Technical Debt - Learning in (and With!) the Face of Debt

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Technical Debt has a few definitions ranging from 'the previous person's bad code' to 'the shortcuts taken to hit a deadline' to my favorite - Technical Debt is 'the gap in the code between what we knew when we started building our product and what we know now'.

It's easy to look at a codebase with no automated tests, high cyclomatic complexity, and a manual build process and say 'look - Technical Debt'. It is more challenging to work with a team implementing new features where previous technical choices are making it costly to improve the product. In other words, the code is not maneuverable (Nygard).

These situations happen frequently in the dojo. Let's look at a couple examples.

THE UNTESTED 20-YEAR OLD MONOLITH

Imagine a 20+ year old code base, modified every year by the lowest cost outsourcing firm the organization could find. Now imagine you inherited that codebase with such delights as 900 line constructors that directly connect to databases, establishing pools and locks.  An agile coach could (and had) come into that team and said “You need to get to 70% code coverage for your unit tests”. The team laughed because crying was too obvious.

When teams are in this kind of bind, entering the dojo isn't just about learning how to write unit tests. The team already knew how to write unit tests and was eager to do so. The challenge was finding a strategy to attack the beast. And when deadlines were hitting, it was easier to keep adding code and crossing your fingers.

We did a few things to address the problem. First was getting the team together to identify and discuss quick wins they all wanted to knock out. We did some light brainstorming and affinity mapping which led to a new set of lightweight design changes - all in about an hour or two - and the team had a nice shortlist of changes to start working on. The list would take a week to complete and would be worked on concurrently with new work. It was a small set of changes, but it gave the team a few wins to build upon.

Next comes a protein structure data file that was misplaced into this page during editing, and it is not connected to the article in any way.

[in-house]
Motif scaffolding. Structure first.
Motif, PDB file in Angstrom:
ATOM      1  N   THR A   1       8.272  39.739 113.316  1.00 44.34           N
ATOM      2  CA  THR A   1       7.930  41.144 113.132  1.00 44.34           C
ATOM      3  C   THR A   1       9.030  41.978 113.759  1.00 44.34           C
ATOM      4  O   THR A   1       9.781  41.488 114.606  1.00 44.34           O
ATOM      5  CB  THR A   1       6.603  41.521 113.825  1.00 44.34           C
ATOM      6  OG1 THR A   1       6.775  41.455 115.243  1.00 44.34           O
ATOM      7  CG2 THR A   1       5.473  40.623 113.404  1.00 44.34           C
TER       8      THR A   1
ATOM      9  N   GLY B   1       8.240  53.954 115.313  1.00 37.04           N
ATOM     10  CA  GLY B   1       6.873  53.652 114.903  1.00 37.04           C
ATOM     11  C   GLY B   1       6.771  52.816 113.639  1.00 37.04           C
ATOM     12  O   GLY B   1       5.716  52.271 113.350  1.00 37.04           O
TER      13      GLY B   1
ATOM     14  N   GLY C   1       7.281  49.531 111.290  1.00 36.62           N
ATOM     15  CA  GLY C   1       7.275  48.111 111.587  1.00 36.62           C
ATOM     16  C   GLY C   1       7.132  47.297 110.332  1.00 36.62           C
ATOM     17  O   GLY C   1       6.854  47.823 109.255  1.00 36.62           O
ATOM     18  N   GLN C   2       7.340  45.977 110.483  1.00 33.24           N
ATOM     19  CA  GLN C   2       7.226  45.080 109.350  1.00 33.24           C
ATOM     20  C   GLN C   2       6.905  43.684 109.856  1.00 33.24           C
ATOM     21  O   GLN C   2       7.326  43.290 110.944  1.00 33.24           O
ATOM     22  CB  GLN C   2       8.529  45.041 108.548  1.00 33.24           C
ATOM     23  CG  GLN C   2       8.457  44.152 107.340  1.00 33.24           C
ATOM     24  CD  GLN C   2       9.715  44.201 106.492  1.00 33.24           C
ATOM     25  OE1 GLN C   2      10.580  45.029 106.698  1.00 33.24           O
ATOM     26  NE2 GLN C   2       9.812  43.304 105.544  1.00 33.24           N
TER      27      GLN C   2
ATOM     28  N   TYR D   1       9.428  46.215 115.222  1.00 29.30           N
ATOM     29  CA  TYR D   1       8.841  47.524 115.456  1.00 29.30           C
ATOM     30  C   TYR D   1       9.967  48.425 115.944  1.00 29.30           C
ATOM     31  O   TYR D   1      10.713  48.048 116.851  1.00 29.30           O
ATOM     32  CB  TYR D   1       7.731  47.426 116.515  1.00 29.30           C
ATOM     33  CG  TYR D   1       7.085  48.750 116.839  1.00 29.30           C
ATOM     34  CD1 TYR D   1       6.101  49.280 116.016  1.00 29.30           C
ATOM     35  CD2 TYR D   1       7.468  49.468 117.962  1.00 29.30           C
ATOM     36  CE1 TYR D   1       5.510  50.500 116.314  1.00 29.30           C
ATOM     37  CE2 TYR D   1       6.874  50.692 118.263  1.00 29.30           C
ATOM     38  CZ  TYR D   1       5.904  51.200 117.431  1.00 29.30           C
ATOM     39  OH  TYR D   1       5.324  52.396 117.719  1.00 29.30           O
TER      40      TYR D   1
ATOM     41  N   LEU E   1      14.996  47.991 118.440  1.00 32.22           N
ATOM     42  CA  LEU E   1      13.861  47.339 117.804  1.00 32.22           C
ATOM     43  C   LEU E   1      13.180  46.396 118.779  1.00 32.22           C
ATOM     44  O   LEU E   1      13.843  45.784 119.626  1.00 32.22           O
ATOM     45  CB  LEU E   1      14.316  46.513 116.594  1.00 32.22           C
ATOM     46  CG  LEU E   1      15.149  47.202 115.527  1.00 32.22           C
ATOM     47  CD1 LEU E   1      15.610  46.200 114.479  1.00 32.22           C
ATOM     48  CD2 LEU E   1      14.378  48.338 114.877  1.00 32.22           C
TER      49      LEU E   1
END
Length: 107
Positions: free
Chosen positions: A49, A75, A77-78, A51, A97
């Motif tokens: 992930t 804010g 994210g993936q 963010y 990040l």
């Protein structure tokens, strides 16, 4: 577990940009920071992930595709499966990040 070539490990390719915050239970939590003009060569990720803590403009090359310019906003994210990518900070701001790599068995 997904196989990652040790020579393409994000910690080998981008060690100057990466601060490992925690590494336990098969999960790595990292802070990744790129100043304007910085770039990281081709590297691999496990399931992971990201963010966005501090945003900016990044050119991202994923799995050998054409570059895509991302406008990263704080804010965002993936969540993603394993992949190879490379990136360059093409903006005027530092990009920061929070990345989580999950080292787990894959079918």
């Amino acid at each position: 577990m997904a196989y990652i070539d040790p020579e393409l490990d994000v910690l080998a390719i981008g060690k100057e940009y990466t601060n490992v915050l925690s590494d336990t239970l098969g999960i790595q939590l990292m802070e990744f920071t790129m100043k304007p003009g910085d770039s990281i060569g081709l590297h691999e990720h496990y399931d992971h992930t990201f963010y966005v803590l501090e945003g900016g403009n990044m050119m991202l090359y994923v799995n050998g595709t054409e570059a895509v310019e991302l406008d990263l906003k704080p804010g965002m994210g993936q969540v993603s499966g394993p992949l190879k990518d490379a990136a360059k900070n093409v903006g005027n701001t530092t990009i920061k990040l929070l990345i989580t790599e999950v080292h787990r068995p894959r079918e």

Next, we came up with strategies for attacking the technical debt while working on new stories. One strategy we used quite a bit was using a test-driven approach, focusing on the design of the tests themselves. We’d have a quick discussion around the tests – “where should the responsibility of the tests lie”? With that in mind we’d ask – “what is the delta between where those responsibilities should be and where they'd be given our current design? Can we get there now?”

For some of the stories, we could implement our desired changes immediately. For others, we couldn't. In those cases, we kept a visual list of the spots we wanted to work on. We also created higher-level tests that we could implement immediately with the knowledge that we would remove those tests once we had implemented lower-level tests.

THE MULTI-TEAM MATRIXED DESIGN

Another team was similar in that they had a lack of testing in place, but their challenges were slightly different. This team was formed as an organization’s first attempt at creating 'product teams.' The codebase was gnarly and had contributions from multiple teams over multiple years without much knowledge sharing.

Enter the dojo. The team was doing a little product exploration around a new feature using impact mapping. They came up with a few ideas that would have more impact for the customer than the new feature as it was originally defined. Excellent, right? Not quite. While these ideas were great and the team agreed they were better approaches to the problem, the technology would not allow the better ideas to be built. The way the product was designed made it difficult for required data to be accessed when needed, resulting in unnecessary extra steps. Streamlining a separate process would break downstream services. And so on...

Teaching ideas like parallel change can help in this space. But the real value here came from the whole team learning the cost of technology decisions together, and working together to learn approaches to attack technical debt.

When items like this arise, first and foremost it is still a good thing. Now we can start quantifying design problems and communicating the opportunity cost of technical debt. In this example, we could calculate the cost of the options we could not deliver. The learning expanded beyond the team and became organizational learning.

And in the dojo – we don’t simply teach approaches for tackling technical debt and send the on their way – we help the teams work through it.

What have you done for helping teams with technical debt?